PrAna has always had it out for plastics. The yoga brand in 2010 began shipping more of its clothes wrapped in paper and string, rather than the customary plastic sleeves. But when Boulder passed its Universal Zero Waste Ordinance, requiring businesses to recycle and compost, employees of the Pearl Street store saw opportunity to do more.
In sorting their waste, workers found that plastic packaging was still a huge problem. So they worked with their hauler, Eco-Cycle, to collect plastic wrap — too thin to be included with recyclables, as it would tangle the machines — to be sent to the Center for Hard to Recycle Materials.
Soon, the practice spread to other downtown stores. Then, when competitor yoga brand Lululemon found out, it started recycling plastic wrap, too, bringing other Twenty Ninth Street Mall retailers on board.
"We do everything we can to recycle," said PrAna store manager Kelli Kremer. "That type of recycling isn't available all over; we're lucky we can work directly with Eco-Cycle."
Mandatory business recycling has been in place since mid-2016, but enforcement began a year later. The city is just now getting its first full year of data on how much more trash is being kept out of landfills.
"This year is the first time we have a really complete picture of where we're at, what we're doing," said Alexis Bullen, a spokesperson with the department of climate and sustainability. "And the data is good."
In 2017, 2,485 fewer tons of trash were collected in Boulder, while an additional 1,791 tons and 2,081 tons of materials were composted and recycled, respectively. The city is now keeping more than half its waste (51 percent) from going into the garbage.
Businesses sent 6 percent more trash to recycling or composting than the previous year, an enormous one-year gain, Bullen said. About 43 percent of commercial waste now goes somewhere other than the dump, not far behind the 52 percent diversion rate of single-family homes.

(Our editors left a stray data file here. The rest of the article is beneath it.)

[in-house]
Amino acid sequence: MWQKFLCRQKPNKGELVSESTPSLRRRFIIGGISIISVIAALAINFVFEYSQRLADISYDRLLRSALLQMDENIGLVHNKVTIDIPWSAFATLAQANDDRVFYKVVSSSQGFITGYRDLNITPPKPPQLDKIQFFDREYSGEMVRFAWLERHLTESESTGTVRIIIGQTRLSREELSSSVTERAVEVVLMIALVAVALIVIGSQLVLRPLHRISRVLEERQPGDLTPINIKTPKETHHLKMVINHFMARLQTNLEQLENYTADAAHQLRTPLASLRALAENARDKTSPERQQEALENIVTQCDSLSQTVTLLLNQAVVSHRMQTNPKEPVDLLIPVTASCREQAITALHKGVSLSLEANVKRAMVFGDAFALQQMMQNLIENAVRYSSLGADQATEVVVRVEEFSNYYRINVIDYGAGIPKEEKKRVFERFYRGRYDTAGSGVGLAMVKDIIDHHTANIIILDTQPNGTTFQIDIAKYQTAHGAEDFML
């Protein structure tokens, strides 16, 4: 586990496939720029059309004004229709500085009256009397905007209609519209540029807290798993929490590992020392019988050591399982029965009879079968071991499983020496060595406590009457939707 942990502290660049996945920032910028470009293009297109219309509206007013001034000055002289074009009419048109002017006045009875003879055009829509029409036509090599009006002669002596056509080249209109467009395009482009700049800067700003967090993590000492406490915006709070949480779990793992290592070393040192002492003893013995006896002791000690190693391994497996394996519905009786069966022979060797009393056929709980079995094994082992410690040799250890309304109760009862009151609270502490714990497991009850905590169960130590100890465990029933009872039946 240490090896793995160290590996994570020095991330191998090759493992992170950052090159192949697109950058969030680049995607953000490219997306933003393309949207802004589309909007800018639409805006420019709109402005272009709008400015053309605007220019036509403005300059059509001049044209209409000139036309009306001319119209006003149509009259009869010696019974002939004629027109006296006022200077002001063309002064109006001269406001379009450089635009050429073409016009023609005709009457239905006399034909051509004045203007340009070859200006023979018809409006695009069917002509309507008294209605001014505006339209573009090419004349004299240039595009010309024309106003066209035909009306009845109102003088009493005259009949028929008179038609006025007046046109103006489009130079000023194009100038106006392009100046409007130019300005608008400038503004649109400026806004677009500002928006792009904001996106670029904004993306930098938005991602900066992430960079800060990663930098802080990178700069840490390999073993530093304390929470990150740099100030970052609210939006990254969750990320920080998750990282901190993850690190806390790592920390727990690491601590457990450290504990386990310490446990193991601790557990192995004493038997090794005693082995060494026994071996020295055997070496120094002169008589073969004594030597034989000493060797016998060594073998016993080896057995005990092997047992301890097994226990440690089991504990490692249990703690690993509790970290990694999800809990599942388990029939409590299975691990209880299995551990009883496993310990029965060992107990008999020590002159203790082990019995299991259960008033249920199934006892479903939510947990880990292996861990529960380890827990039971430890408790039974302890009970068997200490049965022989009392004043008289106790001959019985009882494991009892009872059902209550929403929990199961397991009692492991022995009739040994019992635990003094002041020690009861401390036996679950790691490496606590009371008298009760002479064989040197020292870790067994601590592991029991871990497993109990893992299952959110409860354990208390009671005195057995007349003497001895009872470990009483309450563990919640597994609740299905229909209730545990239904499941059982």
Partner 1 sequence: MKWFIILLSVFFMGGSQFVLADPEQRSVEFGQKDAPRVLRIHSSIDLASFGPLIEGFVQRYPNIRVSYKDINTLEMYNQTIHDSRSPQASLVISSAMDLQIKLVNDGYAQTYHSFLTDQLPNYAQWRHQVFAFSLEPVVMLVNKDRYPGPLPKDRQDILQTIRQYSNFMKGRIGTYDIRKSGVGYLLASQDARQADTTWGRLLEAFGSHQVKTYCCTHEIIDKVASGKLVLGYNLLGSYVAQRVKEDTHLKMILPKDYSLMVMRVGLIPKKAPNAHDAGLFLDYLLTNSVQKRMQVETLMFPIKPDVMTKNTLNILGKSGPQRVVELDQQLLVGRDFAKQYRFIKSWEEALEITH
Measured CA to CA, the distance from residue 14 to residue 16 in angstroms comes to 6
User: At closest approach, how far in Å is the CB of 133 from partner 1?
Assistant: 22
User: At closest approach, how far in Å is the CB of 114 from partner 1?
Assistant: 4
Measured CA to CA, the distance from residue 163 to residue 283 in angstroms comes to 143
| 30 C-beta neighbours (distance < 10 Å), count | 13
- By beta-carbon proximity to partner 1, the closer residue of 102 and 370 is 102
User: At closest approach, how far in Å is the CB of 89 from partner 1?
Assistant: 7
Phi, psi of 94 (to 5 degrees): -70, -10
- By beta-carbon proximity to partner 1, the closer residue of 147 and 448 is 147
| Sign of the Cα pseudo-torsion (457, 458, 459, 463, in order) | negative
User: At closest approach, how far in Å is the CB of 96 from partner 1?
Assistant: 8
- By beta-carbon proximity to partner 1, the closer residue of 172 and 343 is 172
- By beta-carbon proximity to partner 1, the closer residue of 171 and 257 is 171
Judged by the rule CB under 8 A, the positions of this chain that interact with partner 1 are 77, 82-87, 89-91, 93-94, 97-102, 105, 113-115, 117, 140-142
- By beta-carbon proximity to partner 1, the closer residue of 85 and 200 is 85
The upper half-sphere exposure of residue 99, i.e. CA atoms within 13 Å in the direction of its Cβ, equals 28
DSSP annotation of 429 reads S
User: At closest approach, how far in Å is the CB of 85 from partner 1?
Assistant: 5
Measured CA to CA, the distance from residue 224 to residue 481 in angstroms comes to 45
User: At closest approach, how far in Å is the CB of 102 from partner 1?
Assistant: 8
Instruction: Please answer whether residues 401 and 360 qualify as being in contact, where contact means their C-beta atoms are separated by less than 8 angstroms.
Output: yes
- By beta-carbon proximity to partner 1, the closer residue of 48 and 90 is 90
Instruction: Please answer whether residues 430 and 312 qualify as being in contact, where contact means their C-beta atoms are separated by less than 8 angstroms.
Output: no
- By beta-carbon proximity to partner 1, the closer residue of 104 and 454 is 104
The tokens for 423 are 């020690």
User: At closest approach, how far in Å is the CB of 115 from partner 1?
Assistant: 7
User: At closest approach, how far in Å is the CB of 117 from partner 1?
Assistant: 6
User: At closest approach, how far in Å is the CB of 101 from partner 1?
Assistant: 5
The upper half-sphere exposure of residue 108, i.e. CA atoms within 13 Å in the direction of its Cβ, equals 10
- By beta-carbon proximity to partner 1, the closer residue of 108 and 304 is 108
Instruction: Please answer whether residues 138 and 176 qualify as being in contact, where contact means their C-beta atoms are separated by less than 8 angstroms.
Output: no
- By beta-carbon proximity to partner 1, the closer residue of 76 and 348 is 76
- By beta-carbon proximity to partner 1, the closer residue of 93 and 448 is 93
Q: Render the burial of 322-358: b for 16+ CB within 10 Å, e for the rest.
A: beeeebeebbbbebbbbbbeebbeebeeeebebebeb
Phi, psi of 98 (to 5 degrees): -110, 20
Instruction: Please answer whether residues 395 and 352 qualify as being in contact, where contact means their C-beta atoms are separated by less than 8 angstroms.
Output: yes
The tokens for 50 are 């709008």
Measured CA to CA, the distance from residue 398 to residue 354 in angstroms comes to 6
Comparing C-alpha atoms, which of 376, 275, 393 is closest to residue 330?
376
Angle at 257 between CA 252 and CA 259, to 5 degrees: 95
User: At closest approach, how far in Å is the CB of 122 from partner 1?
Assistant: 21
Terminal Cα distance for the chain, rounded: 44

"We've seen great success" through a combination of ingenuity and plain old perseverance, Bullen said.
Like PrAna, Rebecca's Herbal Apothecary (1227 Spruce St.) has long made efforts to reduce its trash output. It reuses biodegradable packing peanuts sent in shipments; the ones that aren't, it sends to UPS to be re-used. Paper is used whenever possible, as is compostable plastic.
But the city's Zero Waste Ordinance urged them on to bigger and better programs. A courier was contracted to bring materials to CHaRM. General manager Amber Graziano spent hours researching vendors who could replace plastic packaging with biodegradable materials, even for the smallest of items.
The extra effort has been worth it, Graziano said. "It fits with our mission of reclaiming our health, personally and collectively."
Creative thinking has happened within the city itself, too. The public works department, with the help of a contractor, started recycling road materials ripped out during construction projects, such as water main replacements. The mountain of material — about 50,000 tons so far — is processed on-site, where it is stored and then re-used to rebuild the road.
It saves money two times over: the city had to pay once to dump the road waste at the landfill, and then again to buy fresh backfill. The new process saved Boulder $1.5 million in 2017 alone, said Utilities Superintendent Josh Meck.
"It's things like that," said Bullen, "that are not only great but innovative and save the city money. And will help us get to our ambitious 85 percent diversion by 2025."
Boulder is on track to meet or exceed that goal, but there is still work to be done. Recycling and composting at apartment complexes is still incredibly low: only 23 percent of waste is saved. Contamination is still a problem.
To that end, the city is moving into its next phase of education, teaching businesses and residents how to sort recycling and what to compost. (Bullen's quick tip: "If it was alive in your lifetime, it can go in compost.")
Trainings are ongoing at businesses, both one-on-one advisors and 101 group classes. A sorting quiz has been developed to make learning more fun for employees because "sometimes waste is not glamorous," Bullen said.
A big focus is on construction material, which largely goes to the landfill, and restaurants: food waste makes for high-quality, high-value compost. Much of Boulder County's compost goes to A1 Organics in Eaton, about 30,000 cubic yards of it (roughly 30 million pounds per year), said Bob Yost, chief technical officer.
Yost is glad for all the efforts underway in Boulder. But there's one thing more he'd like to see them do with their compost: buy it back.
"It needs to go back to the point of origination to make it a true sustainable use," he said. "We need to close the loop."